Summer program builds foundational skills for struggling freshmen and sophomores
Tuesday, July 16, 2019
Sophomore Cynthia Brenhaug said the extra attention in a McMinnville summer program that allows freshmen and sophomores to raise their math and science grades to a C helped her learn the material. (Photo by Jake Arnold, OSBA)
Sophomore Cynthia Brenhaug is building her foundational math knowledge one learning target at a time in a McMinnville summer program.
A teacher scored her latest effort, while giving her a bit of test-taking advice. Brenhaug was beaming as she left the classroom in McMinnville School District’s Adams Campus.
“I got eight out of nine and I’m actually proud of myself,” she told a fellow student entering the room. Brenhaug said she was feeling especially good about passing the test on her first try.
McMinnville encourages struggling freshmen and sophomores to retake portions of math and science courses during the first four weeks of summer break so they can master the skills required by later classes.
Teachers have broken up the curriculum for algebra I, geometry, biology and physical science into learning targets. Students who receive a D or F during the regular academic year can study and retest on areas where they were not proficient. If they get a C or better on all learning targets during summer, their class grade is changed to a C.
McMinnville has a typical credit recovery program where students can retake courses to gain credits, but this summer program is separate. Unlike traditional summer school, students don’t have to retake the whole course and they can keep the bad grade off transcripts.
Brenhaug said a strong transcript is important for her college goals. The summer program helped her build toward becoming an engineer.
“I can understand the things I haven’t before,” she said.
Grants paid for teachers to redesign courses and establish the summer program in 2015. The first year had two dozen students for just algebra I. This summer, 144 students out of a population of a little more than 1,000 students earned 250 grade changes.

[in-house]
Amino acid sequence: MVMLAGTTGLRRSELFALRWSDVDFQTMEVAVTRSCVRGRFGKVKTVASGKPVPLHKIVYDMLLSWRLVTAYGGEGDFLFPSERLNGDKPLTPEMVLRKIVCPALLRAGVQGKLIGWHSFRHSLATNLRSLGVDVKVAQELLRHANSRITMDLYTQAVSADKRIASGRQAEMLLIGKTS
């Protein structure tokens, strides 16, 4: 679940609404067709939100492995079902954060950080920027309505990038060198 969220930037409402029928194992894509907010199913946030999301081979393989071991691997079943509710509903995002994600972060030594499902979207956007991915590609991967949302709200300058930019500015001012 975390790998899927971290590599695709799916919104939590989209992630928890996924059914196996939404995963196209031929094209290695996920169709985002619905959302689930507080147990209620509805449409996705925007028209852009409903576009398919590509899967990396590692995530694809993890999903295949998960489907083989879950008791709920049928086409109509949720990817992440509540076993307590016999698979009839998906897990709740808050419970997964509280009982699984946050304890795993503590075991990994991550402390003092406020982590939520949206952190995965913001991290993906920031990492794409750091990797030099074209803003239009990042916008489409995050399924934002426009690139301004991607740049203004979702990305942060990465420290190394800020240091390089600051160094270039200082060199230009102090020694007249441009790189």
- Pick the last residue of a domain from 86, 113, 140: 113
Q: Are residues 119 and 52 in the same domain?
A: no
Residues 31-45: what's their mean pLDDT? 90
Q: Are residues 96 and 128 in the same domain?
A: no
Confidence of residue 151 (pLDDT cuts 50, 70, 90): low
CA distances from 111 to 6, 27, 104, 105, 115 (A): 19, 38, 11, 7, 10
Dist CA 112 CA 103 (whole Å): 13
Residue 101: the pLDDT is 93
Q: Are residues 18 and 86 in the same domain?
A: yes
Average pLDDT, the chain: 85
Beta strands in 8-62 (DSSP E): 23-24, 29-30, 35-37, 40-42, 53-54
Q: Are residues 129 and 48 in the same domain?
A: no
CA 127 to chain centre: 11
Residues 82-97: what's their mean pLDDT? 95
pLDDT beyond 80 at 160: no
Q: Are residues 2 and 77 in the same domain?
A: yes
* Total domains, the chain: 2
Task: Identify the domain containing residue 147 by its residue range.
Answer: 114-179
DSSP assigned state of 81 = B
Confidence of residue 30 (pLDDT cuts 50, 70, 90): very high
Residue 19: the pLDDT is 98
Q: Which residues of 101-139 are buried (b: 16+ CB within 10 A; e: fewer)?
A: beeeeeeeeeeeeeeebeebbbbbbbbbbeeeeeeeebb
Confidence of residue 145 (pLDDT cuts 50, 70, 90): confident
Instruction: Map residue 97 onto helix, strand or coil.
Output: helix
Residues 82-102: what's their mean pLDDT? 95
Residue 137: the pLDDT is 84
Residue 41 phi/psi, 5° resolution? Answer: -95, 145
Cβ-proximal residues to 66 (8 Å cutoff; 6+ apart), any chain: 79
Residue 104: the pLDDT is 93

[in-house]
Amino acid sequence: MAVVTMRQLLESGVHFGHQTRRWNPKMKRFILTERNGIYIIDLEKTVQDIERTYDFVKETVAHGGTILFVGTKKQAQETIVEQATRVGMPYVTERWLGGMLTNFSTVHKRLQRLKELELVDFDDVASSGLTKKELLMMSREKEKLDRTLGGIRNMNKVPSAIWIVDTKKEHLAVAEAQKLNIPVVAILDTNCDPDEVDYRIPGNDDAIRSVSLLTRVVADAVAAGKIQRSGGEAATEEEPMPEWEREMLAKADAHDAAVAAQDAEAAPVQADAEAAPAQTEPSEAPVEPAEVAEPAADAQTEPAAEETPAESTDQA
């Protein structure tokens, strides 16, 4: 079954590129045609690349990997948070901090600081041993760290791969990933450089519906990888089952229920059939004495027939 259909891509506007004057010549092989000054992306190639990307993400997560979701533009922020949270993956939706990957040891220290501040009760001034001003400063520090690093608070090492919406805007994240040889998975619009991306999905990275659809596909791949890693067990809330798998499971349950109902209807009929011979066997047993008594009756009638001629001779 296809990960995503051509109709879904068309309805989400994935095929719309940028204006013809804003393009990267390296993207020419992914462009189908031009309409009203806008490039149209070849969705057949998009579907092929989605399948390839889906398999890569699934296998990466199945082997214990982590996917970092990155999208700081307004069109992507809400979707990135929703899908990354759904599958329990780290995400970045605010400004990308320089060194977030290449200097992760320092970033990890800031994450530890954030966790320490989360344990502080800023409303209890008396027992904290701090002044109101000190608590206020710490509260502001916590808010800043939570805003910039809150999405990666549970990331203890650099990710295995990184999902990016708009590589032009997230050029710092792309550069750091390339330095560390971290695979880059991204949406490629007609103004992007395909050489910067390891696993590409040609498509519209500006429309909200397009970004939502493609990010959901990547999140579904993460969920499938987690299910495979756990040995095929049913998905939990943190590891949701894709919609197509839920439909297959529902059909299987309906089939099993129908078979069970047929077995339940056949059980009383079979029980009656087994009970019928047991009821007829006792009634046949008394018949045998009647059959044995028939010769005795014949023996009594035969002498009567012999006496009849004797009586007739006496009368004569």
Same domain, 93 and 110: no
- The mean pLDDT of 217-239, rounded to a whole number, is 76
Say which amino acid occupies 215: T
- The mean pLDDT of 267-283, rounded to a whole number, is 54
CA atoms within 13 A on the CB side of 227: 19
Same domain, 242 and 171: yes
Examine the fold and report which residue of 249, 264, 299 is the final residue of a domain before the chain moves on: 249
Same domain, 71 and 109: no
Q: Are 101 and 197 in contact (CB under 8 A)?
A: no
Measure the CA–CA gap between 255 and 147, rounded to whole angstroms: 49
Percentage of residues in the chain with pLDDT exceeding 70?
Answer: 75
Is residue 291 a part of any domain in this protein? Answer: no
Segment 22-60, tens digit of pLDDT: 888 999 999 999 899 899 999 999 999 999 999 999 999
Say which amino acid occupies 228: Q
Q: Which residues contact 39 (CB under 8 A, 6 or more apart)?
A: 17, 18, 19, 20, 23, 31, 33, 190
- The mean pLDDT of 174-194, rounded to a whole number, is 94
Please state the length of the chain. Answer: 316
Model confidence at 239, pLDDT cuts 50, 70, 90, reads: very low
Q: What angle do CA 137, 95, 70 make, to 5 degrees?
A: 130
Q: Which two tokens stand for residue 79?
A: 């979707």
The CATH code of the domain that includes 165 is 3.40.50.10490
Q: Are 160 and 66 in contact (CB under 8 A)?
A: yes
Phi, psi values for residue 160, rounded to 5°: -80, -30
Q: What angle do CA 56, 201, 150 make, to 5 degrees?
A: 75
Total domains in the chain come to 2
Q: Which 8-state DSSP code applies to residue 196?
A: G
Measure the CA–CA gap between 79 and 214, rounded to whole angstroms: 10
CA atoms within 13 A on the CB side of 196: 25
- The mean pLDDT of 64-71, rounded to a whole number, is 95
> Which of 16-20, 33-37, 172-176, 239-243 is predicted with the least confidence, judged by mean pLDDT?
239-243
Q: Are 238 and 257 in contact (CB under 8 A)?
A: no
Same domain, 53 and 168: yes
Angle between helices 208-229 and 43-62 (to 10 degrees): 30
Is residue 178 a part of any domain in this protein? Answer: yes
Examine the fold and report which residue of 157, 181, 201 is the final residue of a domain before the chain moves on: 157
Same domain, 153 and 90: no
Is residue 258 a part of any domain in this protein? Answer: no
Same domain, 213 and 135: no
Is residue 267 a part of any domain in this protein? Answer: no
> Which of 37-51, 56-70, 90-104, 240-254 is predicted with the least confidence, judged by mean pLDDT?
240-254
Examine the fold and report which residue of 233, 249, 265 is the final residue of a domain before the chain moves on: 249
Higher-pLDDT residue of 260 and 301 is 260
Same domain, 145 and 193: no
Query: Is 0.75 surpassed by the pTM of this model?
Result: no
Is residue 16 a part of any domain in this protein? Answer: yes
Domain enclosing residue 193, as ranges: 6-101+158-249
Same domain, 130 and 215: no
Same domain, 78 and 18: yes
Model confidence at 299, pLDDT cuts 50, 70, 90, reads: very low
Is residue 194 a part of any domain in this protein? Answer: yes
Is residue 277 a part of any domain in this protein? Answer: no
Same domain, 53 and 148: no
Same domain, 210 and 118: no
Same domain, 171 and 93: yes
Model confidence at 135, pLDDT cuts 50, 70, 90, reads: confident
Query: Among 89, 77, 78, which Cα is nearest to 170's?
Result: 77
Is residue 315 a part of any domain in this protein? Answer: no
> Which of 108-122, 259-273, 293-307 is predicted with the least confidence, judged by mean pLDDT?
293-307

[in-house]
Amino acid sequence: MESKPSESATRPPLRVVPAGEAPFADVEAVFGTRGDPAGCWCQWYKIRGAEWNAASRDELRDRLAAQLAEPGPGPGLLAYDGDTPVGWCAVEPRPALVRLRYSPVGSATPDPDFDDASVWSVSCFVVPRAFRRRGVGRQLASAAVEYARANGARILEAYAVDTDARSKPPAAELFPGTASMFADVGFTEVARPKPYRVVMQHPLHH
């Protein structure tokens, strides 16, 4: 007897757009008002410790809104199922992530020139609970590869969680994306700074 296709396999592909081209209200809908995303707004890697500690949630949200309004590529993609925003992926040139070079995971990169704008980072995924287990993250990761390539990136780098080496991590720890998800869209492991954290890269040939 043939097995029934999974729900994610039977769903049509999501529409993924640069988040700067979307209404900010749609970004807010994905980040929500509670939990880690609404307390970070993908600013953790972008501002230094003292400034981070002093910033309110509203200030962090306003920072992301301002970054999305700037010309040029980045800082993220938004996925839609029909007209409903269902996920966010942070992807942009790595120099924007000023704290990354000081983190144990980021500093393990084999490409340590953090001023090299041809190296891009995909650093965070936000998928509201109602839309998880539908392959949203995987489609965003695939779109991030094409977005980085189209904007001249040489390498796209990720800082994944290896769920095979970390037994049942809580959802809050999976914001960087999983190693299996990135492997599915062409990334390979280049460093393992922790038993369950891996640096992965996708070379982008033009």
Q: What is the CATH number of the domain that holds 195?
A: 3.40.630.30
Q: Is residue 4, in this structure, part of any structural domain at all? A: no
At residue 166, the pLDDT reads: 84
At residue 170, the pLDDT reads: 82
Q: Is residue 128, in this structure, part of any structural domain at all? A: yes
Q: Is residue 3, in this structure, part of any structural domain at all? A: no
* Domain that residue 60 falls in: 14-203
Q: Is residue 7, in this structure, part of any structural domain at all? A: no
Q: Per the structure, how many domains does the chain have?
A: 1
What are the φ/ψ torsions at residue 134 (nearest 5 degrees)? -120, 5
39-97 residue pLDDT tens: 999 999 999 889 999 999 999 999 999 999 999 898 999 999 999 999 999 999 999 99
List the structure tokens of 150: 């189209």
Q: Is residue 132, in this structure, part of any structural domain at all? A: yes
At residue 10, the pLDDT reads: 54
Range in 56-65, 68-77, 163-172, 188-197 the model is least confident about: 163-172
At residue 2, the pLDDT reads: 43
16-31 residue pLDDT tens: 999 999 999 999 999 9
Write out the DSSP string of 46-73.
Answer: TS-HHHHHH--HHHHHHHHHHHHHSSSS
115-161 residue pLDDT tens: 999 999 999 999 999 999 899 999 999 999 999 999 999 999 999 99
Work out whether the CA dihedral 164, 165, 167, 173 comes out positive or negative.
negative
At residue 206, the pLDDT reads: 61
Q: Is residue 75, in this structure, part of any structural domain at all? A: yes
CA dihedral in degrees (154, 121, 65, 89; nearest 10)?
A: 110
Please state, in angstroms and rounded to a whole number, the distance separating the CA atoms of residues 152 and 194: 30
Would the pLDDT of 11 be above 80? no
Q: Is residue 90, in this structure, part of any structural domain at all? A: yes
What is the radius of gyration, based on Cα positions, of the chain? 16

McMinnville math teacher Pamela Canady, the program coordinator, said the learning targets structure helps students and parents understand how a student is doing throughout the year. Teachers can create interventions targeted to students’ needs.
Canady said the summer program builds confidence and creates momentum for the next school year. Students finish on a high note rather than spending the summer with a failed class weighing on them.
The classrooms are open from 8:30 to 11:30 a.m. for four weeks after school ends. The program started this summer with six math teachers, two science teachers and an assistant. As students finish their targets and leave, the number of classrooms and teachers shrinks.
Students can focus on one target at a time in depth and receive personalized help.
Freshman Nia Soto said she didn’t understand biology but now it is making sense.
“I’m more prepared and now I’m not going to slack off,” she said.
McMinnville High School principal Tony Vicknair enthusiastically supports the teacher-created, teacher-driven program. He said it has increased algebra I passing rates; he would like to expand it to other core areas and higher classes.
Vicknair said the learning targets make it easier to establish what students know and don’t know, no matter what their grade might be on a chapter test. He said students’ abilities on learning targets help teachers plan instruction.
A failing grade can be life-changing, Vicknair said, and it was important for schools to help clear roadblocks for students. He stressed, however, that students had to earn the grades by proving proficiency.
Sophomore Kelsie Autry had more than 20 math learning targets to master, but by the third week she was down to three.
Autry wants to attend college and find a good job. She said the summer program structure makes it easier to study.
“It definitely shows me I’m capable of doing it,” she said. “When I look back on it, I’m like ‘Wow! I actually did this and I understand it.’”